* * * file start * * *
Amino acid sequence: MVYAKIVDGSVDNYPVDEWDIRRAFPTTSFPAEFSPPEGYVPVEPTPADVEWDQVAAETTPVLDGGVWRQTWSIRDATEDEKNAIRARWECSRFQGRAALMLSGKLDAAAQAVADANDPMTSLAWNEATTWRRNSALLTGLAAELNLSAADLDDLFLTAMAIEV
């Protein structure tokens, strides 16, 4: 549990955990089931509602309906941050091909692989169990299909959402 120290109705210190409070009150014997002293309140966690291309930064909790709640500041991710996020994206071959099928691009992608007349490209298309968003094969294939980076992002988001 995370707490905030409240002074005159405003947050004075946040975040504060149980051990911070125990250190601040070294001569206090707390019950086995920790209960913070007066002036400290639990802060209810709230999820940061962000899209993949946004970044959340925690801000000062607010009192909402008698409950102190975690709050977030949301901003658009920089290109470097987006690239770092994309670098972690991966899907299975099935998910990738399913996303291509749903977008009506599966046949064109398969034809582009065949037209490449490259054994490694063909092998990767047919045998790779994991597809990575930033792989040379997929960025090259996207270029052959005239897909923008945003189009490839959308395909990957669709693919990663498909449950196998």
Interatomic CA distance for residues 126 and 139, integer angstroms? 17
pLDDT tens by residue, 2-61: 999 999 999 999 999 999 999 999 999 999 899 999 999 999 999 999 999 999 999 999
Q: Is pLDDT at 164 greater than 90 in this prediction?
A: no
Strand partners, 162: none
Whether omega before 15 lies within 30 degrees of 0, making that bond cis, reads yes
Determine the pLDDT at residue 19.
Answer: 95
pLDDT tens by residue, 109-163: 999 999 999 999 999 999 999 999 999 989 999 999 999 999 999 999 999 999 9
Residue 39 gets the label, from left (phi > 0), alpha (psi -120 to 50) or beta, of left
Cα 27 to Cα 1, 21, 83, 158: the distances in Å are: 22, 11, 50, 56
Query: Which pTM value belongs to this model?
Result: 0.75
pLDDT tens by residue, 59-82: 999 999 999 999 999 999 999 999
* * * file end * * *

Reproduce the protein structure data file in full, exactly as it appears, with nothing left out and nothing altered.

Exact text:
Amino acid sequence: MVYAKIVDGSVDNYPVDEWDIRRAFPTTSFPAEFSPPEGYVPVEPTPADVEWDQVAAETTPVLDGGVWRQTWSIRDATEDEKNAIRARWECSRFQGRAALMLSGKLDAAAQAVADANDPMTSLAWNEATTWRRNSALLTGLAAELNLSAADLDDLFLTAMAIEV
């Protein structure tokens, strides 16, 4: 549990955990089931509602309906941050091909692989169990299909959402 120290109705210190409070009150014997002293309140966690291309930064909790709640500041991710996020994206071959099928691009992608007349490209298309968003094969294939980076992002988001 995370707490905030409240002074005159405003947050004075946040975040504060149980051990911070125990250190601040070294001569206090707390019950086995920790209960913070007066002036400290639990802060209810709230999820940061962000899209993949946004970044959340925690801000000062607010009192909402008698409950102190975690709050977030949301901003658009920089290109470097987006690239770092994309670098972690991966899907299975099935998910990738399913996303291509749903977008009506599966046949064109398969034809582009065949037209490449490259054994490694063909092998990767047919045998790779994991597809990575930033792989040379997929960025090259996207270029052959005239897909923008945003189009490839959308395909990957669709693919990663498909449950196998």
Interatomic CA distance for residues 126 and 139, integer angstroms? 17
pLDDT tens by residue, 2-61: 999 999 999 999 999 999 999 999 999 999 899 999 999 999 999 999 999 999 999 999
Q: Is pLDDT at 164 greater than 90 in this prediction?
A: no
Strand partners, 162: none
Whether omega before 15 lies within 30 degrees of 0, making that bond cis, reads yes
Determine the pLDDT at residue 19.
Answer: 95
pLDDT tens by residue, 109-163: 999 999 999 999 999 999 999 999 999 989 999 999 999 999 999 999 999 999 9
Residue 39 gets the label, from left (phi > 0), alpha (psi -120 to 50) or beta, of left
Cα 27 to Cα 1, 21, 83, 158: the distances in Å are: 22, 11, 50, 56
Query: Which pTM value belongs to this model?
Result: 0.75
pLDDT tens by residue, 59-82: 999 999 999 999 999 999 999 999